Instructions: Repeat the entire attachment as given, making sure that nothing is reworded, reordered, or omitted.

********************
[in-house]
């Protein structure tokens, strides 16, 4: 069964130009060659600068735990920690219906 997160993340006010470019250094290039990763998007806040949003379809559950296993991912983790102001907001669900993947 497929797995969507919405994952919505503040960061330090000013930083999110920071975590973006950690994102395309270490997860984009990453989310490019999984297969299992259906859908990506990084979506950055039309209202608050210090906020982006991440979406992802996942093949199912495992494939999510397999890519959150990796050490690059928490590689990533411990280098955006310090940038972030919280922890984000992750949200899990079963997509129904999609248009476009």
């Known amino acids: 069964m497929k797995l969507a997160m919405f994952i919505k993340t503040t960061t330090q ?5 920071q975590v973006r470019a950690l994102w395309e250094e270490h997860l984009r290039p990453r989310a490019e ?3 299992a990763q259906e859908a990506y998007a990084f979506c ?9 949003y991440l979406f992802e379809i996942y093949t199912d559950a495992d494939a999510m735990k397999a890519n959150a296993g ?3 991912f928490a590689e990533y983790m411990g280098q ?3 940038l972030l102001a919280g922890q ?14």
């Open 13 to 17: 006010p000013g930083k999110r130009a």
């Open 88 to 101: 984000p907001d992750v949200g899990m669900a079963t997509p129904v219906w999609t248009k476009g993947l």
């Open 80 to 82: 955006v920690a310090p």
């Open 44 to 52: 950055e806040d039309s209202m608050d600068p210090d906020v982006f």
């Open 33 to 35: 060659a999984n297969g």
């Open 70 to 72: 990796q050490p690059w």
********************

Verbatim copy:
[in-house]
């Protein structure tokens, strides 16, 4: 069964130009060659600068735990920690219906 997160993340006010470019250094290039990763998007806040949003379809559950296993991912983790102001907001669900993947 497929797995969507919405994952919505503040960061330090000013930083999110920071975590973006950690994102395309270490997860984009990453989310490019999984297969299992259906859908990506990084979506950055039309209202608050210090906020982006991440979406992802996942093949199912495992494939999510397999890519959150990796050490690059928490590689990533411990280098955006310090940038972030919280922890984000992750949200899990079963997509129904999609248009476009």
């Known amino acids: 069964m497929k797995l969507a997160m919405f994952i919505k993340t503040t960061t330090q ?5 920071q975590v973006r470019a950690l994102w395309e250094e270490h997860l984009r290039p990453r989310a490019e ?3 299992a990763q259906e859908a990506y998007a990084f979506c ?9 949003y991440l979406f992802e379809i996942y093949t199912d559950a495992d494939a999510m735990k397999a890519n959150a296993g ?3 991912f928490a590689e990533y983790m411990g280098q ?3 940038l972030l102001a919280g922890q ?14």
């Open 13 to 17: 006010p000013g930083k999110r130009a």
């Open 88 to 101: 984000p907001d992750v949200g899990m669900a079963t997509p129904v219906w999609t248009k476009g993947l």
């Open 80 to 82: 955006v920690a310090p």
């Open 44 to 52: 950055e806040d039309s209202m608050d600068p210090d906020v982006f």
């Open 33 to 35: 060659a999984n297969g």
């Open 70 to 72: 990796q050490p690059w």